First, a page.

Scientists have transformed chicken embryos to give them a snout and palate configuration similar to that of small dinosaurs like Velociraptor and Archaeopteryx.
Using the fossil record as a guide, the researchers conducted the first successful reversion of a bird’s skull features.
“Our goal here was to understand the molecular underpinnings of an important evolutionary transition, not to create a ‘dino-chicken’ simply for the sake of it,” says lead author Bhart-Anjan S. Bhullar, a paleontologist at Yale University.
Finding the mechanism to recreate elements of dinosaur physiology has been a topic of popular interest for some time. It has been featured in everything from molecular biologist Jack Horner’s 2009 book How to Build a Dinosaur, to the upcoming Hollywood movie Jurassic World.
In this case, the fascination derives from the importance of the beak to avian anatomy. “The beak is a crucial part of the avian feeding apparatus, and is the component of the avian skeleton that has perhaps diversified most extensively and most radically—consider flamingos, parrots, hawks, pelicans, and hummingbirds, among others,” Bhullar explains.
“Yet little work has been done on what exactly a beak is, anatomically, and how it got that way either evolutionarily or developmentally.”
Birds vs. reptiles and mammals
In the journal Evolution, Bhullar and his colleagues detail a novel approach to finding the molecular mechanism involved in creating the skeleton of the beak.
First, they did a quantitative analysis of the anatomy of related fossils and extant animals to generate a hypothesis about the transition. Then, they searched for possible shifts in gene expression that correlated with the transition.
The team looked at gene expression in the embryos of emus, alligators, lizards, and turtles. They discovered that both major living lineages of birds (the common neognaths and the rarer paleognaths) differ from the major lineages of non-bird reptiles (crocodiles, turtles, and lizards) and from mammals in having a unique, median gene expression zone of two different facial development genes early in embryonic development. This median gene expression had previously only been observed in chickens.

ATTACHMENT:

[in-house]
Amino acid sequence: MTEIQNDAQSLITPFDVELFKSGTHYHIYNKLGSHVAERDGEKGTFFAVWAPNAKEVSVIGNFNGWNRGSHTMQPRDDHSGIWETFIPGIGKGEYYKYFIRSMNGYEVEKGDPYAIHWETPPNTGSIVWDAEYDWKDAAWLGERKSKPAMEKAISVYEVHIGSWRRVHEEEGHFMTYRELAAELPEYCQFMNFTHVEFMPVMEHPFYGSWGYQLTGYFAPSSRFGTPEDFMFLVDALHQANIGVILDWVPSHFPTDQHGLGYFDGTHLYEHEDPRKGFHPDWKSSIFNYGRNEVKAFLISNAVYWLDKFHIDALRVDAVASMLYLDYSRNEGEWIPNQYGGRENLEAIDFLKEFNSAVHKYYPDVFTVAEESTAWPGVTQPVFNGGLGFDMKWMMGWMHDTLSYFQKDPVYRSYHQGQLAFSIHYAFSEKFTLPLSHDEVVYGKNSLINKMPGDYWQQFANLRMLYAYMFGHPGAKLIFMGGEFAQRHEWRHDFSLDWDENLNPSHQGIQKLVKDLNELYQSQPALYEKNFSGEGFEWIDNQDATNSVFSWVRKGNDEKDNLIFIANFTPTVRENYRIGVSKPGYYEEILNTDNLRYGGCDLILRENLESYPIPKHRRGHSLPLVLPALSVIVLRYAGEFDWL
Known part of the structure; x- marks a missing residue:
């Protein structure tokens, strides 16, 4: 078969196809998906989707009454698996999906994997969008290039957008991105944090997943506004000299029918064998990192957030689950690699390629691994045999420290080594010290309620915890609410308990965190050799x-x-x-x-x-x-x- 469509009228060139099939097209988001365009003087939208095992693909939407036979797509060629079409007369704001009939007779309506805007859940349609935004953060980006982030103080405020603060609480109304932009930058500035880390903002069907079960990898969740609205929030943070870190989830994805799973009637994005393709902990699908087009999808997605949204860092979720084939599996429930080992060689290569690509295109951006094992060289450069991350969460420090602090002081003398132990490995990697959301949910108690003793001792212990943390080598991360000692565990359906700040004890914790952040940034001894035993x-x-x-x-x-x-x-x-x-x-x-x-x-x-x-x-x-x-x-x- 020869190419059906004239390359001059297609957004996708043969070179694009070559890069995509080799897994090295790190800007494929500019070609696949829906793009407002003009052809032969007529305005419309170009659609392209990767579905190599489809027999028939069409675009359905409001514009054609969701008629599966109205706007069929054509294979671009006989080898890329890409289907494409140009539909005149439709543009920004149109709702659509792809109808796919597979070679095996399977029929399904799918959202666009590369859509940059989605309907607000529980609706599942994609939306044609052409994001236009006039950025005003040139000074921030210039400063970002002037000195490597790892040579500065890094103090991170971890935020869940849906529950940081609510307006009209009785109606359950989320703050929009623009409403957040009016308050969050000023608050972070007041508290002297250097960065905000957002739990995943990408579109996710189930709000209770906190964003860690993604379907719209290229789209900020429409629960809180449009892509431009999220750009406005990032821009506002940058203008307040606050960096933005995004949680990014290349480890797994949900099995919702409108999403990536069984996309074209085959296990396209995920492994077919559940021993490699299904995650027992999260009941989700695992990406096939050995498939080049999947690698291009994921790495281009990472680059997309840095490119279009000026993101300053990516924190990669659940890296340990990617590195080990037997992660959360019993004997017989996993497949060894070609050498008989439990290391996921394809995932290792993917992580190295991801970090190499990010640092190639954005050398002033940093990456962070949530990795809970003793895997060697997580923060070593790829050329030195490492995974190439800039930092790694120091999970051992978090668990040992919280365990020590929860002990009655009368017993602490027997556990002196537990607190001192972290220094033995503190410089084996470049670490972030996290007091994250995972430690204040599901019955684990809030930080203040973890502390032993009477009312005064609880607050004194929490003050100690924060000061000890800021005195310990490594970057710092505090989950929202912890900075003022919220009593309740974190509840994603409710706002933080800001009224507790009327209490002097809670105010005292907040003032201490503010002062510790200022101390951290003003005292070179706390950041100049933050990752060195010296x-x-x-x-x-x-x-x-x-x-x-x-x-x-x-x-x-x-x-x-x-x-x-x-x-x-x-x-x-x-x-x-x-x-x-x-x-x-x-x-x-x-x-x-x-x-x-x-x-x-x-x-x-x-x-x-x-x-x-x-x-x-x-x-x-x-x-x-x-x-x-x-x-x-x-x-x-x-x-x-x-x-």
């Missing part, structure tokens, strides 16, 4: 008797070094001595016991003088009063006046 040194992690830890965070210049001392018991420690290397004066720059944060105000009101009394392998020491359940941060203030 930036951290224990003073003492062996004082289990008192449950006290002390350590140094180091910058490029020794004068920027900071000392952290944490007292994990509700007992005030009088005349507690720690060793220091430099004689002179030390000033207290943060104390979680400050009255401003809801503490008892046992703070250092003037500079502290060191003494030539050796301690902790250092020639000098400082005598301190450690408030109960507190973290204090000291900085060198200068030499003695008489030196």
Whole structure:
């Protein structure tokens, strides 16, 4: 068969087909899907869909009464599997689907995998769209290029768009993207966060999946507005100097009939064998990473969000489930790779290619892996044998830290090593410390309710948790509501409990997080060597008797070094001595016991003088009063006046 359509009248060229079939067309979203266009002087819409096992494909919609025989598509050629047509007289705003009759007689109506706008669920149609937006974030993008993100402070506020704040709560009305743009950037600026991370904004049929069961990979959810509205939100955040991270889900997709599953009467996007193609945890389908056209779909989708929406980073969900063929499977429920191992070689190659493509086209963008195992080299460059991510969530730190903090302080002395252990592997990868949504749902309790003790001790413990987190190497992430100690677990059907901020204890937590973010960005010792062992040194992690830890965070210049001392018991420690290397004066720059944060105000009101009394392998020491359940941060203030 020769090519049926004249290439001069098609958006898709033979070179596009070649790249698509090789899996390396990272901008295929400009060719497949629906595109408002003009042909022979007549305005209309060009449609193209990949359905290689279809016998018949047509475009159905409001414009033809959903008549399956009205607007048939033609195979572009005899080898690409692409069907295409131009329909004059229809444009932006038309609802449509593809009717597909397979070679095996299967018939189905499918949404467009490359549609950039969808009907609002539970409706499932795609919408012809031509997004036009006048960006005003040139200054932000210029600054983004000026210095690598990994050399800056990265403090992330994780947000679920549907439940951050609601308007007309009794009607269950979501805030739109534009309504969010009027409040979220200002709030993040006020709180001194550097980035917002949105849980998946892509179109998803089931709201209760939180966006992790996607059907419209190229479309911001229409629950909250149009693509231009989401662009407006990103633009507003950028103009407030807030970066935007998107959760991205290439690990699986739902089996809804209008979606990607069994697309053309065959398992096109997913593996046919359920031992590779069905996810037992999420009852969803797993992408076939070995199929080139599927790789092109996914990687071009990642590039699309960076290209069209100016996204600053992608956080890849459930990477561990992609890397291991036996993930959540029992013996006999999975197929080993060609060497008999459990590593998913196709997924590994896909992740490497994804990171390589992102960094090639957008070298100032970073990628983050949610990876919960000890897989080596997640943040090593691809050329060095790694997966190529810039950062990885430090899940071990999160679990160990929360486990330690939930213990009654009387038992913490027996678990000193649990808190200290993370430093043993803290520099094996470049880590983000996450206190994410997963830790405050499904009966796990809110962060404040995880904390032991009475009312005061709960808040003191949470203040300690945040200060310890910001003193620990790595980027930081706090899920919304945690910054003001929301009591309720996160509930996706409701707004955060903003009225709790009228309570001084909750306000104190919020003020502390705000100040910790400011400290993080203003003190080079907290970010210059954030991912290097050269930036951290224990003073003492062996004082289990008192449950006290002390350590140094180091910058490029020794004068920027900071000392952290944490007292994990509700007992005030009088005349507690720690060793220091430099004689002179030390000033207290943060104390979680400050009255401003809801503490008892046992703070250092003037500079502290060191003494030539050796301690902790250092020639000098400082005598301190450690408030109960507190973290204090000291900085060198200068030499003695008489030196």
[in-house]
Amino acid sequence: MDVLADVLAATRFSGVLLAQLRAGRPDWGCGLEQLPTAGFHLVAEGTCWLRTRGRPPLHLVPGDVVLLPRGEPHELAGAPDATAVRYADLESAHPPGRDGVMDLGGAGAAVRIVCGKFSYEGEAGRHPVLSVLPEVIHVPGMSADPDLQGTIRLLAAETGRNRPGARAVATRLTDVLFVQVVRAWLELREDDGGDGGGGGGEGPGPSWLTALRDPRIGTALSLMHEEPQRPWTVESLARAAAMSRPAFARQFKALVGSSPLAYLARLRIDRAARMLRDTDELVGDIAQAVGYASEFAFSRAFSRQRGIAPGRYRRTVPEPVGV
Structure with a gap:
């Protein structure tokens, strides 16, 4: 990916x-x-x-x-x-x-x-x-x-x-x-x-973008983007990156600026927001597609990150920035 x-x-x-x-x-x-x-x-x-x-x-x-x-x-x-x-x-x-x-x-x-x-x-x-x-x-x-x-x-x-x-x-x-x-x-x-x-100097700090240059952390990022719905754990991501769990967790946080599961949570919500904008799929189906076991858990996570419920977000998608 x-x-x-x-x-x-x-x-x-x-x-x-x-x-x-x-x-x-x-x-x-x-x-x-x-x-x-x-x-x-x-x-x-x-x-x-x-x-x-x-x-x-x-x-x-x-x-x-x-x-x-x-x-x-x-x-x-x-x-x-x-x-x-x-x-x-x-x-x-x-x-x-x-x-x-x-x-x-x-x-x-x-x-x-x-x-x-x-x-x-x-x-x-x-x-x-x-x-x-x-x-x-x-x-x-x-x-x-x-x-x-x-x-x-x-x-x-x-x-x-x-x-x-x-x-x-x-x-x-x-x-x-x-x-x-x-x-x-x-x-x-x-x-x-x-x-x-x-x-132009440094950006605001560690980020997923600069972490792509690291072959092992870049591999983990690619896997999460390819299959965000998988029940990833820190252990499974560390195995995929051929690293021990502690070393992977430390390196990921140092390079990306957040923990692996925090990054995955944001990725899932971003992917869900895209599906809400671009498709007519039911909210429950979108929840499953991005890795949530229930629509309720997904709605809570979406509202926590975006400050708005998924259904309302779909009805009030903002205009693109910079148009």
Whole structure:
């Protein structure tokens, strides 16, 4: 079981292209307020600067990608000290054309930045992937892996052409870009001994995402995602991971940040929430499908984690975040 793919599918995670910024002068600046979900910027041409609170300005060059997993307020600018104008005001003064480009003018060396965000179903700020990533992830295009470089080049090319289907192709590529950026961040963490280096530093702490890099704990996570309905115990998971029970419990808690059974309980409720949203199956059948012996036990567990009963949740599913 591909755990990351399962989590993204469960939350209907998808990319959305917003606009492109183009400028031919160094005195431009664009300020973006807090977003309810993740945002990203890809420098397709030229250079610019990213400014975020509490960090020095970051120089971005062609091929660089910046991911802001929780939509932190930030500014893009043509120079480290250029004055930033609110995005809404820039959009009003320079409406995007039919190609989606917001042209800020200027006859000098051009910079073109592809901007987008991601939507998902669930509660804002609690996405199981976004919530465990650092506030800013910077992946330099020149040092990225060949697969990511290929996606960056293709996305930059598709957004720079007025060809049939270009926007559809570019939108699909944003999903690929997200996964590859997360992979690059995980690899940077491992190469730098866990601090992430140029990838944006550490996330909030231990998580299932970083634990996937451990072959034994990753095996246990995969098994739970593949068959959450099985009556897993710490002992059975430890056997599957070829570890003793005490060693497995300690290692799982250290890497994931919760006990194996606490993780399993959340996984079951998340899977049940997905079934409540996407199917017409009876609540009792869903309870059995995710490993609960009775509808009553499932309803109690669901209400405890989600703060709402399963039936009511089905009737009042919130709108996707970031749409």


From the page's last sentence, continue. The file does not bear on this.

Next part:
From beak to snout
Using small-molecule inhibitors to eliminate the activity of the proteins produced by the bird-specific, median signaling zone in chicken embryos, the researchers were able to induce the ancestral molecular activity and the ancestral anatomy.
Not only did the beak structure revert, but the process also caused the palatine bone on the roof of the mouth to go back to its ancestral state.
“This was unexpected and demonstrates the way in which a single, simple developmental mechanism can have wide-ranging and unexpected effects,” Bhullar says.
The work took Bhullar from the alligator nests at Rockefeller Wildlife Refuge in southern Louisiana to an emu farm in Massachusetts. He extracted DNA from various species in order to clone fragments of genetic material to look for specific gene expression.
Bhullar says the research has several implications. For example, he says, if a single molecular mechanism was responsible for this transformation, there should be a corresponding, linked transformation in the fossil record.
“This is borne out by the fact that Hesperonis—discovered by Othniel Charles Marsh of the Yale Peabody Museum of Natural History—which is a near relative of modern birds that still retains teeth and the most primitive stem avian with a modernized beak in the form of fused, elongate premaxillae, also possesses a modern bird palatine bone,” he says.
Premaxillae are the small bones at the tip of the upper jaw of most animals, but are enlarged and fused to form the beak of birds.
Bhullar notes that this same approach could be used to investigate the underlying developmental mechanisms of a host of great evolutionary transformations.
Harvard developmental biologist Arhat Abzhanov is co-leader of the study. Additional corresponding authors are from Harvard, Uppsala University, Toho University, and the University of Kansas.
Source: Yale University